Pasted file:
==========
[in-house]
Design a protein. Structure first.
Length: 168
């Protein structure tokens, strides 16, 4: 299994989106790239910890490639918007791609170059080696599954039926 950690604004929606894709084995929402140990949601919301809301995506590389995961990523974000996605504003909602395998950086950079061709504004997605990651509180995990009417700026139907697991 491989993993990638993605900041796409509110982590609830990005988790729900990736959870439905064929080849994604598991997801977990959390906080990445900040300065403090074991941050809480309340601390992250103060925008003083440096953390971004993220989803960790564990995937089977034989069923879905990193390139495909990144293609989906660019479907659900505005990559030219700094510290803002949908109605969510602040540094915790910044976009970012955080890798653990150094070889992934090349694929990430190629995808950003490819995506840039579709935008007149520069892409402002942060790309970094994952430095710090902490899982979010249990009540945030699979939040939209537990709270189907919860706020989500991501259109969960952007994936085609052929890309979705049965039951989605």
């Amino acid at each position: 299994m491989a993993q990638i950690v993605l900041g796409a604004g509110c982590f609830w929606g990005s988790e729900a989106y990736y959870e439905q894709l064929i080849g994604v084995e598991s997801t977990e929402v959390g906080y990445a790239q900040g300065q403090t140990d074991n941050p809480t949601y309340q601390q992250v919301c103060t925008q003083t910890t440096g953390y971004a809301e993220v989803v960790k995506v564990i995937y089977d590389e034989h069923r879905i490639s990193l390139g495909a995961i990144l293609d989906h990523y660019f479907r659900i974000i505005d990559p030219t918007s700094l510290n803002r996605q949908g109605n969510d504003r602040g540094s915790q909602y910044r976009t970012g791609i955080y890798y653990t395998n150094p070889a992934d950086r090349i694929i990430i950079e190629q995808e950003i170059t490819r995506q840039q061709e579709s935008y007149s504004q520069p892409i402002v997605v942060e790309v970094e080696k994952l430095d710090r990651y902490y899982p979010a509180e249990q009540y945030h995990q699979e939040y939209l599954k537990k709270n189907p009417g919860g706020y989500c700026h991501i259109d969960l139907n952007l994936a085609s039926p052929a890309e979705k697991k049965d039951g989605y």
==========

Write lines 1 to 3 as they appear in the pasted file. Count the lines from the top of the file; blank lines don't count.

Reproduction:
[in-house]
Design a protein. Structure first.
Length: 168